UK Politics

Brexit: Where do Conservative leadership candidates stand?

Flags over Westminster Image copyright Getty Images

Boris Johnson and Jeremy Hunt will go head-to-head in the contest to replace Theresa May as prime minister and Conservative Party leader.

Each will now try to convince the 160,000 Conservative Party members to vote for them.

One of the biggest issues will be Brexit: where they stand, how they plan to deliver it and whether that will be by the deadline of 31 October.

Image copyright PA
Image caption Jeremy Hunt with his wife, Lucia

Jeremy Hunt

The foreign secretary says there is a prospect of doing a better deal with the EU. He is in favour of changes to the Withdrawal Agreement negotiated by Theresa May and he thinks it is possible to get them made by 31 October.

He wants changes to the Irish backstop - that's the insurance policy, agreed by the UK and the EU, to avoid a hard Irish border (a border with checks and infrastructure).

After Brexit, Northern Ireland and the Republic of Ireland could be in different customs and regulatory regimes, which could mean products being checked at the border.

To avoid this, the backstop would keep the UK in a customs union with the EU (until both sides reached a trade agreement that would avoid a hard border) - but this is controversial as it would prevent the UK from doing its own trade deals.

Media playback is unsupported on your device
Media captionConfused by Brexit jargon? Reality Check unpacks the basics.

Mr Hunt says he has had "conversations with European leaders" who "understand that the backstop will not get through parliament, they may not have understood that before".

He proposes sending a new negotiating team team to Brussels, which would include representatives of the European Research Group (the group of Conservative MPs who support harder forms of Brexit) and members of Northern Ireland's Democratic Unionist Party.

The foreign secretary says if the only way to leave the EU was with no deal then he would do that but it is not his "preferred option".

Potential obstacles: The conclusions of the EU when it decided the UK could delay leaving until the end of October clearly state: "The European Council reiterates that there can be no opening of the withdrawal agreement." The withdrawal agreement is the legally binding part of the divorce deal, agreed by Theresa May and the EU, which contains the Irish backstop plan.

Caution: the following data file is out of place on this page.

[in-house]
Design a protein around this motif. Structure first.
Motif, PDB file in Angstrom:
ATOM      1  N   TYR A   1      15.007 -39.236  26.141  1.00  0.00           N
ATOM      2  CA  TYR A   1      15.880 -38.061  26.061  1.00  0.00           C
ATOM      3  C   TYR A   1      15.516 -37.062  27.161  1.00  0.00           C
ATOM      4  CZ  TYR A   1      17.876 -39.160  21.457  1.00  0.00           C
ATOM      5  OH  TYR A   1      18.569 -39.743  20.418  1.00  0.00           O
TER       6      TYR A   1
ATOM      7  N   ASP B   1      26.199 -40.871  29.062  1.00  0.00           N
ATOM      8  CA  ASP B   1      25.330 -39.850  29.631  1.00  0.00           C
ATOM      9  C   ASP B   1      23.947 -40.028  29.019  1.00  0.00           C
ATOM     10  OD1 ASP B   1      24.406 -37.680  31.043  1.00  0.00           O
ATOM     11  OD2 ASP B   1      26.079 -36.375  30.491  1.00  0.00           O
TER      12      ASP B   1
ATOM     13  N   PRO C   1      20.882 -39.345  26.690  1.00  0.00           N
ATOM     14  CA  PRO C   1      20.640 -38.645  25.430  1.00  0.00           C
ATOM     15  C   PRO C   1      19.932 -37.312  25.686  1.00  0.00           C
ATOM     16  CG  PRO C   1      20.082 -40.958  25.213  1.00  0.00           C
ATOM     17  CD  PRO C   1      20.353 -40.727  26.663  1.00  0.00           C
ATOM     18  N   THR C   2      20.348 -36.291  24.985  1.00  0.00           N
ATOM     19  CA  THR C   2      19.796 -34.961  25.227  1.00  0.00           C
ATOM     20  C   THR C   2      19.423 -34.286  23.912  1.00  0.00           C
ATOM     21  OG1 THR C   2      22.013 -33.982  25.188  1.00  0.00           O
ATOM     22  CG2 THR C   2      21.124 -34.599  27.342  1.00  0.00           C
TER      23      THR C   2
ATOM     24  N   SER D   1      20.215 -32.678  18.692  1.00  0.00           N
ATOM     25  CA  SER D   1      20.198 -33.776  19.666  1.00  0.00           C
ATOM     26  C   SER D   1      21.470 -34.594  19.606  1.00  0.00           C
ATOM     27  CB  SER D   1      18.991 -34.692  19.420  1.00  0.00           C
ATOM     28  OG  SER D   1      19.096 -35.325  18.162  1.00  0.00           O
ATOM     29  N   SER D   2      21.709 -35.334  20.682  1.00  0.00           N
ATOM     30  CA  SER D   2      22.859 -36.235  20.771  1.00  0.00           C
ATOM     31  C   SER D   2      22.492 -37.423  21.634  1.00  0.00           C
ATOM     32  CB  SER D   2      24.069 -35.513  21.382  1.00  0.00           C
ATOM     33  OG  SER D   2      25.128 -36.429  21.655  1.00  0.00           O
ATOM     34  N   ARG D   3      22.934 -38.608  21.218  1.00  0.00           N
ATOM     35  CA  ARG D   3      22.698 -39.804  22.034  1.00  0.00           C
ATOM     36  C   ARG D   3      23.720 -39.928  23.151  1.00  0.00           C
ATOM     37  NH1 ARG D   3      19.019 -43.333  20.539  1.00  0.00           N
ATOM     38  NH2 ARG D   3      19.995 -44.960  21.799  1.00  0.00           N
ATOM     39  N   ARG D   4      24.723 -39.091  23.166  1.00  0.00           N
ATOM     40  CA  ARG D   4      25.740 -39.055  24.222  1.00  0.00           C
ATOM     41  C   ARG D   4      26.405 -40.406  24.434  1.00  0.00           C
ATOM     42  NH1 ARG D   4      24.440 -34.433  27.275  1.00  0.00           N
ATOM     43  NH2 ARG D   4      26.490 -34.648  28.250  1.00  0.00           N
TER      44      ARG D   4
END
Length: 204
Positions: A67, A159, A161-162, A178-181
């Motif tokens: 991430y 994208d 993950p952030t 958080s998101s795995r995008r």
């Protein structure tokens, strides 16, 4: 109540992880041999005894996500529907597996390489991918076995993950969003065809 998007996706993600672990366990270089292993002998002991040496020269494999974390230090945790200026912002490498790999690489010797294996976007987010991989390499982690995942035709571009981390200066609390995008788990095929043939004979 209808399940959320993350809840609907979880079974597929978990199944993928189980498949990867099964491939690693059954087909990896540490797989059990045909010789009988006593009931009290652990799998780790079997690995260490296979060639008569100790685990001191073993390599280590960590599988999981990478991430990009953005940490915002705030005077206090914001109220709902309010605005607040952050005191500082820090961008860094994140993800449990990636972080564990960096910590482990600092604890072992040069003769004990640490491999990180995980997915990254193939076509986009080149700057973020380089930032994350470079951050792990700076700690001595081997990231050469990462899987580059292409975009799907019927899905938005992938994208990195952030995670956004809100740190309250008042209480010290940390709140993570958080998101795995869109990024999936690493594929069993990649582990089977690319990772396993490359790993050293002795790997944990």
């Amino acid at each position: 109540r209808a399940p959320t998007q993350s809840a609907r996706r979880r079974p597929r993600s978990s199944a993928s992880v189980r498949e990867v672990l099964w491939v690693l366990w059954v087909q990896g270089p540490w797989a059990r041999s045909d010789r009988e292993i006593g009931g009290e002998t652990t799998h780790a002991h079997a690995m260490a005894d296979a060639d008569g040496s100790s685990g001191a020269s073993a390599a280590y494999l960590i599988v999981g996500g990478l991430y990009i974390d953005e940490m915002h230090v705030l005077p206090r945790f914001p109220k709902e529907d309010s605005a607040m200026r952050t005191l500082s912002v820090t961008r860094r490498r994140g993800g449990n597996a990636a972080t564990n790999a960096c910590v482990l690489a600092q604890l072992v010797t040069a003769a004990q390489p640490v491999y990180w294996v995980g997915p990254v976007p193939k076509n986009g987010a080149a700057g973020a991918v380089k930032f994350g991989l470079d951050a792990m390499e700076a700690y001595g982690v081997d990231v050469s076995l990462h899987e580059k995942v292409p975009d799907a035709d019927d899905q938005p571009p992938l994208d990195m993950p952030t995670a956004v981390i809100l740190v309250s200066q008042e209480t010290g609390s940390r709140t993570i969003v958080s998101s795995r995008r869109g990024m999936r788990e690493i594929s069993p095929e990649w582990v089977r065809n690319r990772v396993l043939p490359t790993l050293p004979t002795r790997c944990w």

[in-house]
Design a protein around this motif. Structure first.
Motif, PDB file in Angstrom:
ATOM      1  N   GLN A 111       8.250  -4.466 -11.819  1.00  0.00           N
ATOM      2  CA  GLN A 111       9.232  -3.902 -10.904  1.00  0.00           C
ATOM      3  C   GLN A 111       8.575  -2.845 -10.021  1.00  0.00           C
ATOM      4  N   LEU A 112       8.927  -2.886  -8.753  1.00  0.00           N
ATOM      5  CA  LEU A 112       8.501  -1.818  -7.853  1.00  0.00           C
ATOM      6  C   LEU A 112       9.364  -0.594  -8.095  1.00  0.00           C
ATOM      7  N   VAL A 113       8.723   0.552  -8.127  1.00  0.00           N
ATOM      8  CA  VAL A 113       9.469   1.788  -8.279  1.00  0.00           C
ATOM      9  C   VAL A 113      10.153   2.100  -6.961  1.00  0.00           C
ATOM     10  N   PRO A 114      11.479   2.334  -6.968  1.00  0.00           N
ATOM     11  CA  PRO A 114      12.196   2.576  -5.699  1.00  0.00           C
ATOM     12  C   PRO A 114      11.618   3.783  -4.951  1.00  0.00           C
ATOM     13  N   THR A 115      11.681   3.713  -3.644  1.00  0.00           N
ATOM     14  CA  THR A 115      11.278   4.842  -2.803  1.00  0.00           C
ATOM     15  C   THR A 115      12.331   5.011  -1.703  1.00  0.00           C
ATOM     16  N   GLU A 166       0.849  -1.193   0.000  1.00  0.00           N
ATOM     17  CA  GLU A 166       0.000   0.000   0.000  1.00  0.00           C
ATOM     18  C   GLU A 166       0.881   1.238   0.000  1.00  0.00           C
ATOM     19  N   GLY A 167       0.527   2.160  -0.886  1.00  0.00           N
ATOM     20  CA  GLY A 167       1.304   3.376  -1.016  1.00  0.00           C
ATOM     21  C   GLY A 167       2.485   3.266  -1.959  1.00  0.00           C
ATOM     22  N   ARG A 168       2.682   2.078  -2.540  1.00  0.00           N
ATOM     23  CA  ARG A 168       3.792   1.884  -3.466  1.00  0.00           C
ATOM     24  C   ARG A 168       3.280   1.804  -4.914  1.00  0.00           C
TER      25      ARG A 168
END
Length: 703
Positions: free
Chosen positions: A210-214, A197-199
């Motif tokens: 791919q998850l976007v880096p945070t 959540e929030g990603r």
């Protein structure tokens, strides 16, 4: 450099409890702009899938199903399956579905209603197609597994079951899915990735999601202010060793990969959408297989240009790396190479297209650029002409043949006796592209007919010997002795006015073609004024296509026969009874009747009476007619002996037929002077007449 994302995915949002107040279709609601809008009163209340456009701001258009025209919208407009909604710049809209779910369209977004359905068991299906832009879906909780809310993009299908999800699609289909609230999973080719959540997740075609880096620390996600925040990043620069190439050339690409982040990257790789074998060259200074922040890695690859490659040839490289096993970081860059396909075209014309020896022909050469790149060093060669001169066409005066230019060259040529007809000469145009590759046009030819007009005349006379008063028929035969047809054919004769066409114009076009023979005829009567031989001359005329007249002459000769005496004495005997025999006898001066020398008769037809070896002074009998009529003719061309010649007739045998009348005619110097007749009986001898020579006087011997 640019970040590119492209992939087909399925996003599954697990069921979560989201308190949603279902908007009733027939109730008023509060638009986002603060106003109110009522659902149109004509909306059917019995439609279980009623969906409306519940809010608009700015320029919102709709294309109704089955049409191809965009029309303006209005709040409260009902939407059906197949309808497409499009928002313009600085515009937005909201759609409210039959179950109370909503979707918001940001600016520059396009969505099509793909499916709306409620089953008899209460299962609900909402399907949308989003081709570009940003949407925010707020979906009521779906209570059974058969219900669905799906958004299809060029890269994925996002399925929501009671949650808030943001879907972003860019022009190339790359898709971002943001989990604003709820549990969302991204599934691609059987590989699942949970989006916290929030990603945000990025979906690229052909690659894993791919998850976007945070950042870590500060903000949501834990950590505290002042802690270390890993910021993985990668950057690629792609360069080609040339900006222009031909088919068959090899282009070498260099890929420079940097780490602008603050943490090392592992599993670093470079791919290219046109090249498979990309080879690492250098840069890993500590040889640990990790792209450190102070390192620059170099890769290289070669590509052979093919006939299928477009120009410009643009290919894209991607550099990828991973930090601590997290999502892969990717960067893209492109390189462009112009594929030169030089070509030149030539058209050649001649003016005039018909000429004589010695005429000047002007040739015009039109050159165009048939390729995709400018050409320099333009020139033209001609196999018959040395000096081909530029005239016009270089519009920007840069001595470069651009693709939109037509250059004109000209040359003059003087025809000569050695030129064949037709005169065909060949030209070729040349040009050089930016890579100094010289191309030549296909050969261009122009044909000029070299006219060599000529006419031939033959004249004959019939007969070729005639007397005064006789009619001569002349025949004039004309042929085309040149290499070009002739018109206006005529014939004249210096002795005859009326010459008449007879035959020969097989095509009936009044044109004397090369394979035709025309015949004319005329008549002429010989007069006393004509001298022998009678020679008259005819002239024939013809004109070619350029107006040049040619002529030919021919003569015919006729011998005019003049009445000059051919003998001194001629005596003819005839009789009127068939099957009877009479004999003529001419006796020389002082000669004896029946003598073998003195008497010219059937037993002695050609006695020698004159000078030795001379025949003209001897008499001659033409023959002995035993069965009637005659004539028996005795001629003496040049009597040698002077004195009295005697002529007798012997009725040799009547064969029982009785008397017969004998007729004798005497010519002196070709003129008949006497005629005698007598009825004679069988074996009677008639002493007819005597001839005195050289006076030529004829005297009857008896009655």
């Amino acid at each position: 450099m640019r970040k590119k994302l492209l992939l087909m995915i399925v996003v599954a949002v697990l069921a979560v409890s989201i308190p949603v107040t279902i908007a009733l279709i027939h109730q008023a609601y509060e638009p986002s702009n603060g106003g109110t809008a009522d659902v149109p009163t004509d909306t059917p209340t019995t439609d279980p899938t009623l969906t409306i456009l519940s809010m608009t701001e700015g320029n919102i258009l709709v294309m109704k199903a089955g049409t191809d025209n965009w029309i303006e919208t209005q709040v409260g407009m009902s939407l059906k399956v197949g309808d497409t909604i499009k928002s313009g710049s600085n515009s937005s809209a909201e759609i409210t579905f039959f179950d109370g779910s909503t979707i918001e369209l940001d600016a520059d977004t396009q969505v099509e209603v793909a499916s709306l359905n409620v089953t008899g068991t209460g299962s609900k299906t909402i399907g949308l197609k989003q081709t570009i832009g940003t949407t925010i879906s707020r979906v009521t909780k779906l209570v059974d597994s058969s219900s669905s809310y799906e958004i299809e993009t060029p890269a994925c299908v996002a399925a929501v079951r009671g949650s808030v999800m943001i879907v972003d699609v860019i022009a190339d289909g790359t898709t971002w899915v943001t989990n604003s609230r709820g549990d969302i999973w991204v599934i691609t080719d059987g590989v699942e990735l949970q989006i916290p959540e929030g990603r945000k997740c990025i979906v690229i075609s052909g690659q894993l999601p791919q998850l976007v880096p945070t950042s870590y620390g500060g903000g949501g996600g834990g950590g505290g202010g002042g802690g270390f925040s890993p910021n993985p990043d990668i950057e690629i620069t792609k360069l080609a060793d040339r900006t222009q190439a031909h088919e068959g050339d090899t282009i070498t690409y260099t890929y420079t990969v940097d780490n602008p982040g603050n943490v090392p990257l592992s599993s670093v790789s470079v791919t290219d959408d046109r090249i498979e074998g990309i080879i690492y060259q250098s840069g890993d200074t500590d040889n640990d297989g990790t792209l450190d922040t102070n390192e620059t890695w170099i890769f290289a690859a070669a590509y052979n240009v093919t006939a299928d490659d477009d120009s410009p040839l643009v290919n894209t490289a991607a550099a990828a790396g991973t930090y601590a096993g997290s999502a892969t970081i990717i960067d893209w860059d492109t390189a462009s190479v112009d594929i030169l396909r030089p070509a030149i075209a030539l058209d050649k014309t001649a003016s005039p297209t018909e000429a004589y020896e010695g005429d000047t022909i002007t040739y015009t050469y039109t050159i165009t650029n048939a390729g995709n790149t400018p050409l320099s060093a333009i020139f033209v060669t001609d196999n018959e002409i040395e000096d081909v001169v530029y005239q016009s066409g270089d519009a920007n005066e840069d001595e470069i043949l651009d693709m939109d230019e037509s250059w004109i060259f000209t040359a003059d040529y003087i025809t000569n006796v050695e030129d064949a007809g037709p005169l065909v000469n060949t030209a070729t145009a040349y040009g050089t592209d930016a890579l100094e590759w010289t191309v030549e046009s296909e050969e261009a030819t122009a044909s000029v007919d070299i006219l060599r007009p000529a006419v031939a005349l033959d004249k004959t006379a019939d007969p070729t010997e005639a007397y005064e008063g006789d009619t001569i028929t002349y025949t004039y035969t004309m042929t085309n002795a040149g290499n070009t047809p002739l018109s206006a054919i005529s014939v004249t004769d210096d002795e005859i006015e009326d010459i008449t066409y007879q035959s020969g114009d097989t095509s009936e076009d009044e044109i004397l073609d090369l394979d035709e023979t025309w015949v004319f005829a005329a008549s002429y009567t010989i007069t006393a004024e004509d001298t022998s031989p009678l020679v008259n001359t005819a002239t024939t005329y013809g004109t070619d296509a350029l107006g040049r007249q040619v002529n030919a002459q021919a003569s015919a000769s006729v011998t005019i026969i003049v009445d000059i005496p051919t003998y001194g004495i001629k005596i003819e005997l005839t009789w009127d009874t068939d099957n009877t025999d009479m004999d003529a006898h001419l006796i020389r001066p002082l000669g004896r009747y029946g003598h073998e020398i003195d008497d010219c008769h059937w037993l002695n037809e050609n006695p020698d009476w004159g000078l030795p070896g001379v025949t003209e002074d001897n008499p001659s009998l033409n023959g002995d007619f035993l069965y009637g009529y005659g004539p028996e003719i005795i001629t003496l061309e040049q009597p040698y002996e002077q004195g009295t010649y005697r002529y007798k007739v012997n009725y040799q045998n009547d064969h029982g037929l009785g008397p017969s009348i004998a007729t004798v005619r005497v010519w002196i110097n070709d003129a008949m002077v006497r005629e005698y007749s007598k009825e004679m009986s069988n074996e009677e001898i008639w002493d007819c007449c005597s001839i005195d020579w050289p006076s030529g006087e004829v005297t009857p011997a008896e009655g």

Please upgrade your browser

Image copyright Getty Images

Boris Johnson

The former foreign secretary wants to remove the Irish backstop plan from the Withdrawal Agreement but he has said the UK will leave on 31 October "deal or no deal".

Mr Johnson says the "way to get a good deal is to prepare for no deal".

But he also says a no-deal exit would cause "some disruption".

Mr Johnson suggested the solution to the current deadlock would be to replace the Irish backstop with "alternative arrangements" to avoid a hard border, so as to facilitate a "managed exit" from the EU.

He has also said he would withhold the £39bn "divorce" payment the UK is due to give the EU (this was negotiated as part of Theresa May's Withdrawal Agreement). Mr Johnson said the money would be retained until there was "greater clarity about the way forward".

Potential obstacles: A representative of the head of the European Council said at the end of January: "The backstop is part of the withdrawal agreement, and the withdrawal agreement is not open for re-negotiation." Preparing for no deal didn't enable Theresa May to get the changes she wanted to the withdrawal agreement and it's not clear how Mr Johnson can be confident of greater success. The "divorce bill" is also part of the Withdrawal Agreement, and it's highly likely the EU would insist on the UK meeting its financial obligations before agreeing to any other deal. Refusal to do so would sour relations and could even end up in court.

If you are reading this page on the BBC News app, you will need to visit the mobile version of the BBC website to submit your question on this topic.

What claims do you want BBC Reality Check to investigate? Get in touch

Read more from Reality Check

Follow us on Twitter